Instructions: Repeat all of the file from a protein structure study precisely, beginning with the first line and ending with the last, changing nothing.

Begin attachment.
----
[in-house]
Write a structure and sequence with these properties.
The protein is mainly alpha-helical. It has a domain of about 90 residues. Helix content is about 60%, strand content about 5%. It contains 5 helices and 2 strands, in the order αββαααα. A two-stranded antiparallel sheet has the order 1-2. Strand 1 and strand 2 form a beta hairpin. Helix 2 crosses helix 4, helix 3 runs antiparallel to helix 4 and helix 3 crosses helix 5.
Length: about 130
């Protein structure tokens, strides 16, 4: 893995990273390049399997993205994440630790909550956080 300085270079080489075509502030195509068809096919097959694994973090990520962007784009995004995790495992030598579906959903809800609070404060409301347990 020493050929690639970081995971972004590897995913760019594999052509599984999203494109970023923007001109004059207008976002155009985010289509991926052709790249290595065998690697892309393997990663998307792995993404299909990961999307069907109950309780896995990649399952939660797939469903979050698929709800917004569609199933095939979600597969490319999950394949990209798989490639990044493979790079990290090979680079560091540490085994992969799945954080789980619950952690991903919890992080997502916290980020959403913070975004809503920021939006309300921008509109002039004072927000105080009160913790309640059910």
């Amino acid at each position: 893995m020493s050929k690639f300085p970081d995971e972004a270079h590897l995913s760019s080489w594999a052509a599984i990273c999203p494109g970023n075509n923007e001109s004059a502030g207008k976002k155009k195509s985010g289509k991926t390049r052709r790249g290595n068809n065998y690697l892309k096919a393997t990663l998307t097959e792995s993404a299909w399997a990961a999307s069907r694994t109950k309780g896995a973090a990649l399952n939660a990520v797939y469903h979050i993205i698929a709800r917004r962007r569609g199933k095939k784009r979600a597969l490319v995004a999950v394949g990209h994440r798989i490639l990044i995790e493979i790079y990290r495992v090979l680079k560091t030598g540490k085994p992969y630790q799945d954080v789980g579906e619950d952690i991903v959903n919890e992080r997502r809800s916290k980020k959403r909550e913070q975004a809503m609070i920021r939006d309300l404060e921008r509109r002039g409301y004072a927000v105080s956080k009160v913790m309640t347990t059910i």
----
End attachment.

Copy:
[in-house]
Write a structure and sequence with these properties.
The protein is mainly alpha-helical. It has a domain of about 90 residues. Helix content is about 60%, strand content about 5%. It contains 5 helices and 2 strands, in the order αββαααα. A two-stranded antiparallel sheet has the order 1-2. Strand 1 and strand 2 form a beta hairpin. Helix 2 crosses helix 4, helix 3 runs antiparallel to helix 4 and helix 3 crosses helix 5.
Length: about 130
């Protein structure tokens, strides 16, 4: 893995990273390049399997993205994440630790909550956080 300085270079080489075509502030195509068809096919097959694994973090990520962007784009995004995790495992030598579906959903809800609070404060409301347990 020493050929690639970081995971972004590897995913760019594999052509599984999203494109970023923007001109004059207008976002155009985010289509991926052709790249290595065998690697892309393997990663998307792995993404299909990961999307069907109950309780896995990649399952939660797939469903979050698929709800917004569609199933095939979600597969490319999950394949990209798989490639990044493979790079990290090979680079560091540490085994992969799945954080789980619950952690991903919890992080997502916290980020959403913070975004809503920021939006309300921008509109002039004072927000105080009160913790309640059910």
């Amino acid at each position: 893995m020493s050929k690639f300085p970081d995971e972004a270079h590897l995913s760019s080489w594999a052509a599984i990273c999203p494109g970023n075509n923007e001109s004059a502030g207008k976002k155009k195509s985010g289509k991926t390049r052709r790249g290595n068809n065998y690697l892309k096919a393997t990663l998307t097959e792995s993404a299909w399997a990961a999307s069907r694994t109950k309780g896995a973090a990649l399952n939660a990520v797939y469903h979050i993205i698929a709800r917004r962007r569609g199933k095939k784009r979600a597969l490319v995004a999950v394949g990209h994440r798989i490639l990044i995790e493979i790079y990290r495992v090979l680079k560091t030598g540490k085994p992969y630790q799945d954080v789980g579906e619950d952690i991903v959903n919890e992080r997502r809800s916290k980020k959403r909550e913070q975004a809503m609070i920021r939006d309300l404060e921008r509109r002039g409301y004072a927000v105080s956080k009160v913790m309640t347990t059910i």